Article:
In 2012 the United States cesarean rate was 32.8% (Cesarean Section, n.d.). C-sections are the most common procedure performed in operating rooms in the United States. Why? Well first and foremost I must say that there are real case emergencies where C-sections are needed in order to save the life of the baby and/or the mother. However, in many cases women are not allowed the option to have a vaginal birth (read my son’s birth story) because of various reasons that doctors come up with (not an actual emergency).
· Breech position – feet first instead of head first
· Carrying more than one baby
· Mother being overweight
· “Big Baby” – a big baby is considered any weight that is more than 4,000 grams or 8 pounds 13 ounces (1 out of 10 women will have a “big baby”)
The question is, are doctors doing these non-emergency C-sections based on medical reasons or for themselves? The average price of a vaginal birth is around $3,500 and on average a C-section birth is around $4,500 (mine in total was more than $10,000 it was not an emergency and I had no complications). So of course, by performing a C-section the doctor is making more money. Not only does the doctor make more money, but so does the hospital. The average first time mom is in labor for a total of 18 hours, it can be more or less. If a doctor plans a C-section that means they won’t have to spend 18 hours waiting for a baby to come out.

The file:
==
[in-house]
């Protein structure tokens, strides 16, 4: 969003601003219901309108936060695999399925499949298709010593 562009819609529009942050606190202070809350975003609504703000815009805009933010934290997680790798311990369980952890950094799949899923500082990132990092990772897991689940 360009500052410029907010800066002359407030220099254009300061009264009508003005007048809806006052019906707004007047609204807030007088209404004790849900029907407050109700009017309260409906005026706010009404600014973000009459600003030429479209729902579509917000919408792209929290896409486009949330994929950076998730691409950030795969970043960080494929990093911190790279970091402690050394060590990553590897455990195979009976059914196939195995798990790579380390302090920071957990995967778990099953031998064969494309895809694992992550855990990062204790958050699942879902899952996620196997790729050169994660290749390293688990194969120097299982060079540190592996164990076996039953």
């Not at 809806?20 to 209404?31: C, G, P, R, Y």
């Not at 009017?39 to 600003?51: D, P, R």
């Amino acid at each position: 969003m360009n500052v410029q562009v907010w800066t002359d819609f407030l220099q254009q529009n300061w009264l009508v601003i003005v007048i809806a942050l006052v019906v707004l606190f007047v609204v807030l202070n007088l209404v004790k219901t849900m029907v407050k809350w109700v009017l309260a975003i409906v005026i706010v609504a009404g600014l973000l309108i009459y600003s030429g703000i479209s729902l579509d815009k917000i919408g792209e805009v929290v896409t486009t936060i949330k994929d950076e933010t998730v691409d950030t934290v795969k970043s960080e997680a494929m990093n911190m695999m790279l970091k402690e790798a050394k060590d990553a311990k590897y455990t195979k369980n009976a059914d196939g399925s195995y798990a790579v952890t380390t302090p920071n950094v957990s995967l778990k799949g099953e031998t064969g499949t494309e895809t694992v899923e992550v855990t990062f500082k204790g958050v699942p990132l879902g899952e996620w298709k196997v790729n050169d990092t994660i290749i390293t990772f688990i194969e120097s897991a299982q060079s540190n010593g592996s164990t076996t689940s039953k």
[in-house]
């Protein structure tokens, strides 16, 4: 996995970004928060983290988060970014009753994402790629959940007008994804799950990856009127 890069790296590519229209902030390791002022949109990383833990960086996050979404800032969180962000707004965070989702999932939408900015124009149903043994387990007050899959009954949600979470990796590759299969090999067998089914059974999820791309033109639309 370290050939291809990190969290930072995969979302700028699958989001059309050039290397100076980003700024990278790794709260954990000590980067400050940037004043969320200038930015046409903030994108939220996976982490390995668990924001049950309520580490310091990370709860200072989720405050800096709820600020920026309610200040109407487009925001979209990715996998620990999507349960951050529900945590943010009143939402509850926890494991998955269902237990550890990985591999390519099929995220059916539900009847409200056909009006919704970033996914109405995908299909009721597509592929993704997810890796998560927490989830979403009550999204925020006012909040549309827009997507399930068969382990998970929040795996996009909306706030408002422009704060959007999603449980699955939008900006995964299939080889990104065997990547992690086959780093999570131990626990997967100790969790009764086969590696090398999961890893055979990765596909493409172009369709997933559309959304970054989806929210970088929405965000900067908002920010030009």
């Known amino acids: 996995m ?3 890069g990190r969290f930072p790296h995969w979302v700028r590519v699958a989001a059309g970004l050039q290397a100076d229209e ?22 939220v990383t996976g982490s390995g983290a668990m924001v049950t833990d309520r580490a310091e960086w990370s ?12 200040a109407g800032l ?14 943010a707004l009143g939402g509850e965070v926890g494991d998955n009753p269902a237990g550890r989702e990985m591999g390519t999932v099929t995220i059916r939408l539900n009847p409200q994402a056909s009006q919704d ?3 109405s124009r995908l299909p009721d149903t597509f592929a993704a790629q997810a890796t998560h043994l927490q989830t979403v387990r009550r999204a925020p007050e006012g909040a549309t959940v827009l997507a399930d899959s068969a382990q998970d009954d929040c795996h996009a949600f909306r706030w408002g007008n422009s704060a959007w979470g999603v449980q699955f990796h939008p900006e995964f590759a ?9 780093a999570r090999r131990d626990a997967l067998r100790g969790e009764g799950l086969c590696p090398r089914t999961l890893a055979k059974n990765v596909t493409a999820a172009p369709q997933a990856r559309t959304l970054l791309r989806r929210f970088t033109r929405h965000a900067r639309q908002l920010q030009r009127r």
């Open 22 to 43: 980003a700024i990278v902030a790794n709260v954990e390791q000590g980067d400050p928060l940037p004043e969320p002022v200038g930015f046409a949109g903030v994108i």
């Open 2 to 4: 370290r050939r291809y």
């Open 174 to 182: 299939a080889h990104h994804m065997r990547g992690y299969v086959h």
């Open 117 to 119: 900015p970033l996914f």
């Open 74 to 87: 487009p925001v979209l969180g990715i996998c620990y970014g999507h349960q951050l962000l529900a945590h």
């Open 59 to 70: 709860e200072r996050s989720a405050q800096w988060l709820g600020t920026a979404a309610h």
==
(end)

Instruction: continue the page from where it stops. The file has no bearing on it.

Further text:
So, why am I throwing all these facts out at you? I want you to have the information you need in order to make an informed decision about your birth. Don’t be afraid to stick up for yourself and tell your doctor, “no”. It isn’t illegal to refuse. Of course, there are reasons that C-sections are absolutely necessary, but not for just the convenience of it being a faster process. C-sections are not the “easy way out”. It is major surgery, you get by because you have to. It is hard to let your body rest with a newborn and your urge to bond with them. I don’t know about other C-section moms, but even today (nearly 4 years post-partum) my scar area is still numb. If you want more on my experience with my C-section and recovery feel free to ask.
You know when you read a blog there is usually one major point the writer is trying to make and they usually put it in bold and say “if you take away anything let it be this”? Well, this blog is not any different.
Your birth is just that, YOURS. It is up to you to read your body for what is right and what is wrong. Don’t assume that your doctor’s opinions are always right for you. Question it, research both sides of it. Ask other mom’s and weigh your options carefully. Seek a second opinion if you need to.
For legal reasons though, I must tell you I am not a professional by any means. This is just my advice. I am not claiming that all doctors are like this and you shouldn’t trust them at all. I just want you to be aware of the choices that they are making for you.
Cesarean Section. (n.d.). Retrieved from Childbirth Connection: http://www.childbirthconnection.org/article.asp?ck=10554